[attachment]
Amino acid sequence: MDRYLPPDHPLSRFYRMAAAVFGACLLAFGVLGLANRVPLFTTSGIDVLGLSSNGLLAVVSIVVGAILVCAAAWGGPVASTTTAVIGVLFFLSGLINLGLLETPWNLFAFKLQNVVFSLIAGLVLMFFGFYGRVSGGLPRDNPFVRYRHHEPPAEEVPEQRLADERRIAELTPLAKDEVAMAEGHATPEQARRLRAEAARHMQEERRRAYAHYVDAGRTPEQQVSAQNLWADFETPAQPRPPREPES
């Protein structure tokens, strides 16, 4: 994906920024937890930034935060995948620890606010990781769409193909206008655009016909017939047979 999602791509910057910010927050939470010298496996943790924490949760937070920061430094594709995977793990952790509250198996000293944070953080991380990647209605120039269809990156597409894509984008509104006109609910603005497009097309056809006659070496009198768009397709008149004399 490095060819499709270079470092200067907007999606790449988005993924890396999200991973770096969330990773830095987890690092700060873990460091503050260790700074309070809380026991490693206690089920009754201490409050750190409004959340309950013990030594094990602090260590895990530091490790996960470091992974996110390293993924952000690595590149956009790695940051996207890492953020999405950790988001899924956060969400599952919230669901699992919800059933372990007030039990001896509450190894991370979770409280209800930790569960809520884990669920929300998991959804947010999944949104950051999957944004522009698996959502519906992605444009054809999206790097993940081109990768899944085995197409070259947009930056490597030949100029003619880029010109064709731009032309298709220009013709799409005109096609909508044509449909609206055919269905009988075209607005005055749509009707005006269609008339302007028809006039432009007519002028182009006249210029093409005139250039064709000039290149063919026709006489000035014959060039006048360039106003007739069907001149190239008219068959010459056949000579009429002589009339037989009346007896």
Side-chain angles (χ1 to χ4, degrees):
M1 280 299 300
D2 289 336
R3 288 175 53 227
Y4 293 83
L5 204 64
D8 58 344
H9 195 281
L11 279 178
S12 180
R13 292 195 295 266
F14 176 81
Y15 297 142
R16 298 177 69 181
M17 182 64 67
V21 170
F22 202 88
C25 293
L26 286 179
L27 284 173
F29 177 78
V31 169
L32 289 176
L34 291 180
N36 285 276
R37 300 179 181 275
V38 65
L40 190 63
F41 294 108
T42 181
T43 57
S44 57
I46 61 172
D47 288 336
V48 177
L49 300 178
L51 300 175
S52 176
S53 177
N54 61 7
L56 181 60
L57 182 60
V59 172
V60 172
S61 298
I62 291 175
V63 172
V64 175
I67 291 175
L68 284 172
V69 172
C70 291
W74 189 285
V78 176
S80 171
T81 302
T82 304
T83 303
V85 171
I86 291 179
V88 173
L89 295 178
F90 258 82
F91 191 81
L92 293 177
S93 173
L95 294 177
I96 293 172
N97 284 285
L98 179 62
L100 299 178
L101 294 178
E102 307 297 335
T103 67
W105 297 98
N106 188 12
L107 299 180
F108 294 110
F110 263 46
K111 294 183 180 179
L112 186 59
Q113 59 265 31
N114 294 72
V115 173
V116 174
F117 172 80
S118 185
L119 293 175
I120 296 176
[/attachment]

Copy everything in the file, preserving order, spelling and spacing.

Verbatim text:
Amino acid sequence: MDRYLPPDHPLSRFYRMAAAVFGACLLAFGVLGLANRVPLFTTSGIDVLGLSSNGLLAVVSIVVGAILVCAAAWGGPVASTTTAVIGVLFFLSGLINLGLLETPWNLFAFKLQNVVFSLIAGLVLMFFGFYGRVSGGLPRDNPFVRYRHHEPPAEEVPEQRLADERRIAELTPLAKDEVAMAEGHATPEQARRLRAEAARHMQEERRRAYAHYVDAGRTPEQQVSAQNLWADFETPAQPRPPREPES
């Protein structure tokens, strides 16, 4: 994906920024937890930034935060995948620890606010990781769409193909206008655009016909017939047979 999602791509910057910010927050939470010298496996943790924490949760937070920061430094594709995977793990952790509250198996000293944070953080991380990647209605120039269809990156597409894509984008509104006109609910603005497009097309056809006659070496009198768009397709008149004399 490095060819499709270079470092200067907007999606790449988005993924890396999200991973770096969330990773830095987890690092700060873990460091503050260790700074309070809380026991490693206690089920009754201490409050750190409004959340309950013990030594094990602090260590895990530091490790996960470091992974996110390293993924952000690595590149956009790695940051996207890492953020999405950790988001899924956060969400599952919230669901699992919800059933372990007030039990001896509450190894991370979770409280209800930790569960809520884990669920929300998991959804947010999944949104950051999957944004522009698996959502519906992605444009054809999206790097993940081109990768899944085995197409070259947009930056490597030949100029003619880029010109064709731009032309298709220009013709799409005109096609909508044509449909609206055919269905009988075209607005005055749509009707005006269609008339302007028809006039432009007519002028182009006249210029093409005139250039064709000039290149063919026709006489000035014959060039006048360039106003007739069907001149190239008219068959010459056949000579009429002589009339037989009346007896």
Side-chain angles (χ1 to χ4, degrees):
M1 280 299 300
D2 289 336
R3 288 175 53 227
Y4 293 83
L5 204 64
D8 58 344
H9 195 281
L11 279 178
S12 180
R13 292 195 295 266
F14 176 81
Y15 297 142
R16 298 177 69 181
M17 182 64 67
V21 170
F22 202 88
C25 293
L26 286 179
L27 284 173
F29 177 78
V31 169
L32 289 176
L34 291 180
N36 285 276
R37 300 179 181 275
V38 65
L40 190 63
F41 294 108
T42 181
T43 57
S44 57
I46 61 172
D47 288 336
V48 177
L49 300 178
L51 300 175
S52 176
S53 177
N54 61 7
L56 181 60
L57 182 60
V59 172
V60 172
S61 298
I62 291 175
V63 172
V64 175
I67 291 175
L68 284 172
V69 172
C70 291
W74 189 285
V78 176
S80 171
T81 302
T82 304
T83 303
V85 171
I86 291 179
V88 173
L89 295 178
F90 258 82
F91 191 81
L92 293 177
S93 173
L95 294 177
I96 293 172
N97 284 285
L98 179 62
L100 299 178
L101 294 178
E102 307 297 335
T103 67
W105 297 98
N106 188 12
L107 299 180
F108 294 110
F110 263 46
K111 294 183 180 179
L112 186 59
Q113 59 265 31
N114 294 72
V115 173
V116 174
F117 172 80
S118 185
L119 293 175
I120 296 176